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Keeping the Silence

14 May

Awhile back in January, I had the unique opportunity to come with my friend, Marc, to his weekly meditation group. Now, I come from a family whose parents are very conservative Catholics, so convincing my parents to let me go was very challenging–even if it was for an English paper at the time. They agreed because I kept stressing “for school”, and I went with Marc and his mom every Saturday for a month to a small house near Sta. Ana to practice “zen meditation.”

The first day of the meditation, while I was still at my house waiting for them to pick me up, Marc called me on my cellphone.

“My mom says you can’t wear bright colors. Especially red.”

I looked down at my shirt. It was very bright red.

“So what color do I wear?”

“Something dark. Like black daw.”

I wasn’t even in the meditation place and already I was failing at it or something. Anyway, I grabbed an old black shirt, and got in their car. I asked tita Corito why there was a dress code for meditating and told her that I found it really weird. She said that in meditating, you can’t have any distractions. She explained, “If you’re sitting there, trying to concentrate and this girl beside you has a really bright shirt, you might not be able to accomplish anything. Baka magalit ka pa.” I didn’t understand any of this yet, of course. I hadn’t the slightest idea what meditating was besides old monks sitting in an indian position with closed eyes saying Huuummmmm‘s. Nevertheless, I was strangely excited to try Zen Meditating probably because it was new, foreign, and not really “normal.”

The place was called “Bahay Dalangin.” It was a room, about the size of the average Ateneo classroom, at the back of an old house. Despite the used incense sticks in a brass pot in the center of the room, it smelled like absolutely nothing. It was silent, besides the humming of the giant air-conditioning unit in the corner which was easy to tune out, and it was cold. As I looked around the room, I noticed that Marc and I were the only teenagers and everyone else was at least 40. A man came up to us, greeted tita Corito, and led me and Marc to a small room. He explained to me that before I could actually start meditating, I had to practice breath count. It seemed easy enough; sit down comfortably in a cushion facing the wall, count my breaths until 20, and I pass. The only catch was that if something else popped in my head, I had to start back from one. I had this in the bag…or so I thought.

Turns out it’s really hard to turn off that chattering in your head. It would be like: “One, two, three, four, tenententenen Voltes Five!” or “One, my head is itchy…one, my nose is itchy,” and mostly, “One, two, twenty is so freaking far.” I found that it was so easy to create noise, but so hard to keep silence. Turning off all the unnecessary things in your head is such a surprisingly difficult, and daunting task. Needless to say, I stayed there for two weeks until I was able to count until 18. I guess they felt sorry for me and let me join the meditation proper. I finally graduated breath count and moved onto “moo-ing.”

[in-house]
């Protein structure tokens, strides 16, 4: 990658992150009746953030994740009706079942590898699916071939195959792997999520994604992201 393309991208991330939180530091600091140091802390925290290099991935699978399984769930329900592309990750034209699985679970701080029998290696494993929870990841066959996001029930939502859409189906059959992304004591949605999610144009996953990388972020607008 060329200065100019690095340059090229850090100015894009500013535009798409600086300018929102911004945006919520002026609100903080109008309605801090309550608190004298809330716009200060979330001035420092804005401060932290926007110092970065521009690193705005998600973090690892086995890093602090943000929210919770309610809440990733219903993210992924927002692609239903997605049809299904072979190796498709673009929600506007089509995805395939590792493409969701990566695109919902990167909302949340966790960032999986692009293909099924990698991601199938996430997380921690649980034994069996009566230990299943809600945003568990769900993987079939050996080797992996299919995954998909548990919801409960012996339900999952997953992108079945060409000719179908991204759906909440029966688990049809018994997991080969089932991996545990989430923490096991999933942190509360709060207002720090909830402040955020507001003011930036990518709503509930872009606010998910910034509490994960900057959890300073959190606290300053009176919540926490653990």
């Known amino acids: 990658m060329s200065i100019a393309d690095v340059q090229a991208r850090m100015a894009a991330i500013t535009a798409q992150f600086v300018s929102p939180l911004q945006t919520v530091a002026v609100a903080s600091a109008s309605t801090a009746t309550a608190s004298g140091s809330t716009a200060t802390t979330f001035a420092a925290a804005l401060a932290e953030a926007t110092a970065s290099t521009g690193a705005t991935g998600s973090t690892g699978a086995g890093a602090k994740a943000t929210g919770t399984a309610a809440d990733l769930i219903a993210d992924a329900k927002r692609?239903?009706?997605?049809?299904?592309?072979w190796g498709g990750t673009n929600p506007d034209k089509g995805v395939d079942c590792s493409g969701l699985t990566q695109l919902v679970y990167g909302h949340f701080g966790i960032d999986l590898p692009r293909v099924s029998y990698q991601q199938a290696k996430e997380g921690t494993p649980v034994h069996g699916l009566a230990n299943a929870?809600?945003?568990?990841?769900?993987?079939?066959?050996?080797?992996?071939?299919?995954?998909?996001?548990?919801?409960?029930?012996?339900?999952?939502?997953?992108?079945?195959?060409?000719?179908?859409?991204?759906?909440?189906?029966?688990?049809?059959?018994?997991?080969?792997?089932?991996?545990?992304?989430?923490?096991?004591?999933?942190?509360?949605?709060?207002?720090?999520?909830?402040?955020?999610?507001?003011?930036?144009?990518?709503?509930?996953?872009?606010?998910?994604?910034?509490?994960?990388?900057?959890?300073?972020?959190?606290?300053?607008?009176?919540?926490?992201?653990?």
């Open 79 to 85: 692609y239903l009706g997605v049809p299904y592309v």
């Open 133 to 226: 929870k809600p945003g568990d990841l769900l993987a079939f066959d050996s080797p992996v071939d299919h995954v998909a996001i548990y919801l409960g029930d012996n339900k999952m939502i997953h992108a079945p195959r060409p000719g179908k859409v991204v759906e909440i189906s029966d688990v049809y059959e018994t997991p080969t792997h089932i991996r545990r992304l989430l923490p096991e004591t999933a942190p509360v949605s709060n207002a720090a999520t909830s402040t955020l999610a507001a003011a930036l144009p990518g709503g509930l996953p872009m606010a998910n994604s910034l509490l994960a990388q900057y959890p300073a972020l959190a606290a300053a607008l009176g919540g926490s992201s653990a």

Now alongside the eight other meditators, I once again sat on my cushion facing the wall (this is called a sitting). “Moo-ing” was easier for me, perhaps because I had already practiced breath counting. It was basically letting your mind go absolutely blank, and if any unwelcome thought popped up, you try to exhale it out very slowly, and very deeply. I’m used to blankly staring at things for no particular reason but I was new to the concept that by doing something physical, you would be able to affect what was going on in your mind. It was so interesting, and in some ways, it really did work. I also learned how strange it was to look at the wall in front of me, but not really see it, because I’d try to look at the space in between. And, of course, it was really difficult to concentrate on not concentrating because I’d find myself looking at every single imperfection on the wall and focusing all my attention on it.

In this exercise, each sitting lasts 20 minutes, and in between each sitting is a ritual where we walk very, very slowly around the room. Tita Corito told me that you have to make each step deliberate, and yet you should still have your mind focused on nothing. Prior to this, I thought the goal of meditation was thinking of nothing. After the walking, though, I thought meditation was about something else entirely: being deliberate. I somehow learned, through time, that the goal of these exercises were to clear the clutter of unimportant things in your head, so what’s left is just the YOU. And because of that, everything becomes beautiful and crystal clear; you find purpose–hence, being deliberate. It’s cool to know that you can actually control what goes in your head, and it’s amazing what kind of revelations you come up with yourself all by facing the wall and shutting up for awhile.

Of course, my parents pulled me out of this because they somehow found out that my paper had been done for a couple of weeks already. I tried having my own meditations at home, but nothing really worked because giving in to looking at my phone, checking Facebook and refreshing the 9gag page was too easy. I guess the discipline of always being deliberate is an acquired and practiced trait.

Reg Reyes 113340

*I wasn’t allowed to take pictures inside

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